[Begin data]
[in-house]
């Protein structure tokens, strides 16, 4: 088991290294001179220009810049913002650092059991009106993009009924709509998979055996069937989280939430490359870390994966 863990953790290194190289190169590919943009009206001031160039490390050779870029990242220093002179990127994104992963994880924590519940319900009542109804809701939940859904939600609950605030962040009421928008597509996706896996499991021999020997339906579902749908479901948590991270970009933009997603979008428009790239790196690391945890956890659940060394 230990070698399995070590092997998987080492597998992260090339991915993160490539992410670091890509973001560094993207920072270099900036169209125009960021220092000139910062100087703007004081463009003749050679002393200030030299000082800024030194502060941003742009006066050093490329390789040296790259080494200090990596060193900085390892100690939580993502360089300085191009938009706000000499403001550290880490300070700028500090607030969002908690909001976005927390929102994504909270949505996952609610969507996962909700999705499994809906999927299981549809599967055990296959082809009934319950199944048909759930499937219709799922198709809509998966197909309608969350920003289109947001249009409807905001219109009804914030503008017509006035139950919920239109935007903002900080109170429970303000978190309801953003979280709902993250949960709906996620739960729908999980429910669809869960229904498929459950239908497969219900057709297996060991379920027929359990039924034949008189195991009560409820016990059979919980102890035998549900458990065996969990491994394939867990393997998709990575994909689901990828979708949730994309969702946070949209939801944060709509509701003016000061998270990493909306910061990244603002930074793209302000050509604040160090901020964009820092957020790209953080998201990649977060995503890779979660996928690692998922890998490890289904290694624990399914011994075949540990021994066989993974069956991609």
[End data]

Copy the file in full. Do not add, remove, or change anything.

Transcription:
[in-house]
């Protein structure tokens, strides 16, 4: 088991290294001179220009810049913002650092059991009106993009009924709509998979055996069937989280939430490359870390994966 863990953790290194190289190169590919943009009206001031160039490390050779870029990242220093002179990127994104992963994880924590519940319900009542109804809701939940859904939600609950605030962040009421928008597509996706896996499991021999020997339906579902749908479901948590991270970009933009997603979008428009790239790196690391945890956890659940060394 230990070698399995070590092997998987080492597998992260090339991915993160490539992410670091890509973001560094993207920072270099900036169209125009960021220092000139910062100087703007004081463009003749050679002393200030030299000082800024030194502060941003742009006066050093490329390789040296790259080494200090990596060193900085390892100690939580993502360089300085191009938009706000000499403001550290880490300070700028500090607030969002908690909001976005927390929102994504909270949505996952609610969507996962909700999705499994809906999927299981549809599967055990296959082809009934319950199944048909759930499937219709799922198709809509998966197909309608969350920003289109947001249009409807905001219109009804914030503008017509006035139950919920239109935007903002900080109170429970303000978190309801953003979280709902993250949960709906996620739960729908999980429910669809869960229904498929459950239908497969219900057709297996060991379920027929359990039924034949008189195991009560409820016990059979919980102890035998549900458990065996969990491994394939867990393997998709990575994909689901990828979708949730994309969702946070949209939801944060709509509701003016000061998270990493909306910061990244603002930074793209302000050509604040160090901020964009820092957020790209953080998201990649977060995503890779979660996928690692998922890998490890289904290694624990399914011994075949540990021994066989993974069956991609």